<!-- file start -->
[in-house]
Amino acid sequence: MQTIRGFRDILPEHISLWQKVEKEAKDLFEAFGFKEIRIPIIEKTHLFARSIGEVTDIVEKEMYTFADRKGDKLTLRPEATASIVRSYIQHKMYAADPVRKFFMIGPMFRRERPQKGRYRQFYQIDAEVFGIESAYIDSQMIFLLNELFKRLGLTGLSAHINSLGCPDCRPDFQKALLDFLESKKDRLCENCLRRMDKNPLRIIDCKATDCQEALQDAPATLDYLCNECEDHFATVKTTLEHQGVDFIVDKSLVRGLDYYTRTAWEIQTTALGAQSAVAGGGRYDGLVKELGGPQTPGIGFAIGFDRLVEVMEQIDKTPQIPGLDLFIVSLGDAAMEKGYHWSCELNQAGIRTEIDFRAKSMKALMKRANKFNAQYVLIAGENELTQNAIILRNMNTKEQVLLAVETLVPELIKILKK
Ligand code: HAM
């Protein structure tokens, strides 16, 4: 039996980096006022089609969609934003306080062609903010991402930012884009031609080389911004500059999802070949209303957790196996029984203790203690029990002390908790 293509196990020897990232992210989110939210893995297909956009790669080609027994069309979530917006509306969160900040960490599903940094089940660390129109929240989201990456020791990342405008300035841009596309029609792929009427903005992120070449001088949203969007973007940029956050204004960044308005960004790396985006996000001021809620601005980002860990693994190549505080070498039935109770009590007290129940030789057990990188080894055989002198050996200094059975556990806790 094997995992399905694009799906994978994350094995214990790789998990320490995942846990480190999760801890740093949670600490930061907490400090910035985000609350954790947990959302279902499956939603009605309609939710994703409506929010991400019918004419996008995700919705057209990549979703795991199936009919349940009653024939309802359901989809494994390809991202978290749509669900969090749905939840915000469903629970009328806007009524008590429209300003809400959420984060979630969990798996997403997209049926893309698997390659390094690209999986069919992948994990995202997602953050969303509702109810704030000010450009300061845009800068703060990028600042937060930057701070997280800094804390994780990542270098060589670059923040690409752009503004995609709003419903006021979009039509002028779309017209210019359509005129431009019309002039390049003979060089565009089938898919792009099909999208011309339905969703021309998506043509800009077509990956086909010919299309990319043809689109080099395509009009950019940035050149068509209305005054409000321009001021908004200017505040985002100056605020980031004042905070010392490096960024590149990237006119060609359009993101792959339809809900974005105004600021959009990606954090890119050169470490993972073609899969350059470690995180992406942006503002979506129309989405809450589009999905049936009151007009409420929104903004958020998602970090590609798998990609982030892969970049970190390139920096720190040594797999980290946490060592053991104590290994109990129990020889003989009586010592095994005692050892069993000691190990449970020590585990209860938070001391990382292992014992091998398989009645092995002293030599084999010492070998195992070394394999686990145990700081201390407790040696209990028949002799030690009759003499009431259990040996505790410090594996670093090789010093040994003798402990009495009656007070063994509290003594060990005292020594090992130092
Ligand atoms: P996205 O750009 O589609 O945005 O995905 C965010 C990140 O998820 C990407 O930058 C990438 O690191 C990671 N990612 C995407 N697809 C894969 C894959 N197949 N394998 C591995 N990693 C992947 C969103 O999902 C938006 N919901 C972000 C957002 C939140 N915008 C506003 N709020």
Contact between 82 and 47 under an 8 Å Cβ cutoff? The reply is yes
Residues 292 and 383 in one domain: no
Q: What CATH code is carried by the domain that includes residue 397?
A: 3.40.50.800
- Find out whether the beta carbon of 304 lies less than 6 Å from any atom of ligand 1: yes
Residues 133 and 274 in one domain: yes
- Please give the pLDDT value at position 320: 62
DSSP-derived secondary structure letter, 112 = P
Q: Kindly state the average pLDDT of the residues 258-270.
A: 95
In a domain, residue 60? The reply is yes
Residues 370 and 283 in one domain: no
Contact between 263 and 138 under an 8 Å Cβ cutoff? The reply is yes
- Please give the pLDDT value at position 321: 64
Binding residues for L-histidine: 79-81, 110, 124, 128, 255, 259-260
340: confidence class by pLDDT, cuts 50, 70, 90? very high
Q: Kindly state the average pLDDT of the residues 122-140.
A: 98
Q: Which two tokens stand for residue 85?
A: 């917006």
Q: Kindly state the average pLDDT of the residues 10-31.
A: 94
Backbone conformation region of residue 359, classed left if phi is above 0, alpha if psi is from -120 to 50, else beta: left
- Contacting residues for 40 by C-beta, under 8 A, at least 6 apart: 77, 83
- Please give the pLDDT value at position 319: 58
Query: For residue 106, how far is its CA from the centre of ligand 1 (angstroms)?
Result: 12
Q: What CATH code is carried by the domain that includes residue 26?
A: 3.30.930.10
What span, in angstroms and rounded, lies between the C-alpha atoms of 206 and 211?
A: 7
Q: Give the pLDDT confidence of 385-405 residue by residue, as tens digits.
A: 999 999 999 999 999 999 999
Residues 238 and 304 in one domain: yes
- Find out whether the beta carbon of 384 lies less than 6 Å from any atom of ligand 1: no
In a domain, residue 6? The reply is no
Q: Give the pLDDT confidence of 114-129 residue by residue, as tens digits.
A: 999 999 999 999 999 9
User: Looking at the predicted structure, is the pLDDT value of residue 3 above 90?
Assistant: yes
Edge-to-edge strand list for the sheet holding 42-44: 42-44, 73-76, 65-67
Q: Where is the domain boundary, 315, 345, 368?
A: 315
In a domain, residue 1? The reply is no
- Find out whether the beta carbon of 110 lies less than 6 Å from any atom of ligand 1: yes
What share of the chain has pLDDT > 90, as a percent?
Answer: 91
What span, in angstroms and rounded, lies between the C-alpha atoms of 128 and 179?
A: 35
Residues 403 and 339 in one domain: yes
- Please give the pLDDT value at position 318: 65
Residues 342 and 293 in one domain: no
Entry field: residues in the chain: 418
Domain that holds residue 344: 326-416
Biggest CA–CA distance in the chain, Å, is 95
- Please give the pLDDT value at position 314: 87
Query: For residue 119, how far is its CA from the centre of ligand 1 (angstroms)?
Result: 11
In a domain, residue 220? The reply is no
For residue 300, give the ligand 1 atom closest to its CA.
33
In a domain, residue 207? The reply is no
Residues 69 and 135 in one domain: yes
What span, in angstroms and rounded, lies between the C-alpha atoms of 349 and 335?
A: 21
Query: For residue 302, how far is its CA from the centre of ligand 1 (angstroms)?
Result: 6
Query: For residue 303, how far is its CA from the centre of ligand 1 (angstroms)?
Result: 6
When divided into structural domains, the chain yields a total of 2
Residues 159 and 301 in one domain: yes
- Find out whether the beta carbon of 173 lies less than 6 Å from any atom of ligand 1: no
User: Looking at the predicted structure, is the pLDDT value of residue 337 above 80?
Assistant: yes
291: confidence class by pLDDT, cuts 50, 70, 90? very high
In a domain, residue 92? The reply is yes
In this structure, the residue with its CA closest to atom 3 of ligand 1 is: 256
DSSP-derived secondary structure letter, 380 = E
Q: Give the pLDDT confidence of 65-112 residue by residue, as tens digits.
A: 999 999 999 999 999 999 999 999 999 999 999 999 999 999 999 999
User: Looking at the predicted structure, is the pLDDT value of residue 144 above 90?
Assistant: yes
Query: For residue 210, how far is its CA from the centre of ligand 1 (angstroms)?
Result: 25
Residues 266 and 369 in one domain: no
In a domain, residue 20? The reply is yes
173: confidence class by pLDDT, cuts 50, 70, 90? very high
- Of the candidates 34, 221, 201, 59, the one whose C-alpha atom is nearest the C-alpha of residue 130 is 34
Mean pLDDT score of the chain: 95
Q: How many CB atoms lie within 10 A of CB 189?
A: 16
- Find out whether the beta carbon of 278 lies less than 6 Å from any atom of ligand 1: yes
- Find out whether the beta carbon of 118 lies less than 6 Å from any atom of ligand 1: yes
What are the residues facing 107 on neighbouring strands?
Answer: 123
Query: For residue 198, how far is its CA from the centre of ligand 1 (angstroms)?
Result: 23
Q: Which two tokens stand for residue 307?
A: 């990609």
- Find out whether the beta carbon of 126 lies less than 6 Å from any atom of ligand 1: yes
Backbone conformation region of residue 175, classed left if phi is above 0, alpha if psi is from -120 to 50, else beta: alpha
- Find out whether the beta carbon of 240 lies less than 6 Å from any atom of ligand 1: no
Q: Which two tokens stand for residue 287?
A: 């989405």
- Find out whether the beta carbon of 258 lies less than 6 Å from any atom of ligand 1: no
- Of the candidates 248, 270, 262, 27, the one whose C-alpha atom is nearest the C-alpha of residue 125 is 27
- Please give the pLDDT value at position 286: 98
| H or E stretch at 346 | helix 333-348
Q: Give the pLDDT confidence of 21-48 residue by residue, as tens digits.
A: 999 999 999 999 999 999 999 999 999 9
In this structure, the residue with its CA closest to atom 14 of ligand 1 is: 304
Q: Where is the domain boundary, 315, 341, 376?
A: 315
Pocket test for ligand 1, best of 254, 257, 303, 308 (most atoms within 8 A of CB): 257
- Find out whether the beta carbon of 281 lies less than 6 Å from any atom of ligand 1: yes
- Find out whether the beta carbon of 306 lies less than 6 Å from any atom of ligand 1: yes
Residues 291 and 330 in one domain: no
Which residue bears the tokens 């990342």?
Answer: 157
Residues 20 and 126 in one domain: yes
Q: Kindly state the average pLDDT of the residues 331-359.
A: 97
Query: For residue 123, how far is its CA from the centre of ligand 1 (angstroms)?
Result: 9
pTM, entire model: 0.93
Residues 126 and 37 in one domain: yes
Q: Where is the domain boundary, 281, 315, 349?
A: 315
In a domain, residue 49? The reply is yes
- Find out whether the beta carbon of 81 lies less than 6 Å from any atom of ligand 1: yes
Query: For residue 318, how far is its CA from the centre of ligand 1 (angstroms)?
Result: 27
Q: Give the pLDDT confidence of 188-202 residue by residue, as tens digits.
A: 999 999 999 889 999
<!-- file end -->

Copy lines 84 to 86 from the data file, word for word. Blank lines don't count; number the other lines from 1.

Q: Give the pLDDT confidence of 65-112 residue by residue, as tens digits.
A: 999 999 999 999 999 999 999 999 999 999 999 999 999 999 999 999
User: Looking at the predicted structure, is the pLDDT value of residue 144 above 90?